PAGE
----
“We are a consulting service, so we don’t change orders unless the most responsible physician is involved,” says Dr. Garland. “We leave notes in the chart. Physicians have the choice to agree or not.”

In the first few months since the pilot launched in January 2023, about 60 per cent of the time, doctors accepted the pharmacist’s recommendations. After six months, that number increased to about 80 per cent, reports Dr. Wan.

Chart screening to determine clot risk resulted in 11,000 fewer heparin injections used in the year.  

Reduced heparin prescribing resulted in a yearly savings of $75,000 to the hospital, which exceeded the cost of half of a pharmacist’s salary.

Pilot saw reduction in serious heparin side effect

A significant patient benefit was a reduction in a serious condition called heparin-induced thrombocytopenia (HIT). It is caused by an exposure to heparin and ironically, it causes clots instead of thinning the blood. The estimated risk of HIT is about 0.2 per cent from the use of enoxaparin, the most-used heparin medication in the hospital. HIT carries a 10-to 20-per-cent mortality rate while many who survive are left with serious, permanent disabilities such as leg amputation.

Nurses’ time freed up

More selective administering of heparin resulted in big time savings for nurses. They spend about 5.5 minutes per injection, according to the pilot’s data. That equates to about 20 extra minutes a day in their schedule that could be spent providing other types of patient care. The pilot resulted in 1388 nursing hours saved in the year.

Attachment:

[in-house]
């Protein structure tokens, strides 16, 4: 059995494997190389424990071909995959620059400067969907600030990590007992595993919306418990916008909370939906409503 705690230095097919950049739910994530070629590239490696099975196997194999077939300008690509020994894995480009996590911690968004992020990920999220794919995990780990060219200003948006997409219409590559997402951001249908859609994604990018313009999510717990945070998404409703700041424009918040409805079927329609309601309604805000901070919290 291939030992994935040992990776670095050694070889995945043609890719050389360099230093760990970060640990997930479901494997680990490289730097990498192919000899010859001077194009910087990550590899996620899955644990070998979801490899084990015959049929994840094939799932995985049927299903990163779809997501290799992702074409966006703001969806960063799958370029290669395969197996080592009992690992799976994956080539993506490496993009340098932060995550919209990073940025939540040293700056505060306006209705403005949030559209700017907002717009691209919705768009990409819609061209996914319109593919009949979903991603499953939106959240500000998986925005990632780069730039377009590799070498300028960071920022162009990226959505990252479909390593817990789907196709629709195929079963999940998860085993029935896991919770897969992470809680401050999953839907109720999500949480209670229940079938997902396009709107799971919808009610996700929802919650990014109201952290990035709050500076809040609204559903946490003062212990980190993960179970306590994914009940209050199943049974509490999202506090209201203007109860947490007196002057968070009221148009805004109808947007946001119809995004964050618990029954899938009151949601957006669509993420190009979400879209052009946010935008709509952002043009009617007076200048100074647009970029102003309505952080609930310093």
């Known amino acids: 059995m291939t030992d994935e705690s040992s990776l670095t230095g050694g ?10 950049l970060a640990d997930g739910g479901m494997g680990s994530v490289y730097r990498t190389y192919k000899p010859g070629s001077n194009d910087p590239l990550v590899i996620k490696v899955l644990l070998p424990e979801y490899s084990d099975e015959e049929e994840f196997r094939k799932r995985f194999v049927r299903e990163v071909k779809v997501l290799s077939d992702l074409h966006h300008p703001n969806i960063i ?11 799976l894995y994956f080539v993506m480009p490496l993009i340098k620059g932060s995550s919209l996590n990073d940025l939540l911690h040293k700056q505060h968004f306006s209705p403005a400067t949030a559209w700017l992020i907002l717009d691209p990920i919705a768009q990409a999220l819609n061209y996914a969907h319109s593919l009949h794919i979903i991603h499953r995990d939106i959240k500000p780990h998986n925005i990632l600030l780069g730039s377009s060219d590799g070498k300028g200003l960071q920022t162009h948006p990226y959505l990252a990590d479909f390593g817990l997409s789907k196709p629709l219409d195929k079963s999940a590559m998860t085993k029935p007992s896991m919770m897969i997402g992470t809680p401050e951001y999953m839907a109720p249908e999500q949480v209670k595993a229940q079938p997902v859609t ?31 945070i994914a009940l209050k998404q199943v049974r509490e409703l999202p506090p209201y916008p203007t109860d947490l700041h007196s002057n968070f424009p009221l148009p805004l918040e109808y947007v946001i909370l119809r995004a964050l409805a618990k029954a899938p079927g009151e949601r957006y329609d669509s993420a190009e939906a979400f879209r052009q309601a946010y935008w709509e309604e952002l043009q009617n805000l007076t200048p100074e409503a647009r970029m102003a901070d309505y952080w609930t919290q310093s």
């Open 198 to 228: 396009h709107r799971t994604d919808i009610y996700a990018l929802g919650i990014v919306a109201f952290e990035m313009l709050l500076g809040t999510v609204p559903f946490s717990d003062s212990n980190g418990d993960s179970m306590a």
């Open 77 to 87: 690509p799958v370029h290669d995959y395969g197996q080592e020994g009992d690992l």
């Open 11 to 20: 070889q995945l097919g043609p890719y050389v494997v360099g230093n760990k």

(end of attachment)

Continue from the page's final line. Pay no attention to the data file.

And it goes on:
With each nursing shift lasting 12 hours, that extra time could free up 115 more shifts, helping to ease nursing demand.

That wasn’t the only nursing benefit. Another was their improved safety. Dr. Wan explains that 90 per cent of nurses surveyed experienced verbal or physical violence when administering the sometimes-painful injection, which is usually given in the evening when patients might be tired and sleepy. “Many elderly patients may be confused or delirious at that time of day,” Dr. Wan adds.

Artificial intelligence could play role

With all these benefits, the pilot’s leaders would like to grow it to all in-patient units at St. Paul’s and at Mount Saint Joseph Hospital. That would require more pharmacist support, but the program is currently investigating the role that artificial intelligence (AI) could play in performing some of the screening tasks the pharmacist performs.  This would allow for a larger number of patients to be screened with the same amount of pharmacist time.

Both donors to St. Paul’s Foundation and The Department of Medicine (DOM) Innovation Platform provided support to the pilot. The DOM Innovation Platform is an element of Innovarium, Providence’s innovation engine that unites various elements of innovation, fostering a cohesive environment that offers resources and support to accelerate innovation. This unified structure enables Providence to bring innovative discoveries to the health care system faster by coordinating efforts and providing resources for ongoing improvements and advancements. 

Story by Ann Gibbon, Providence Health Care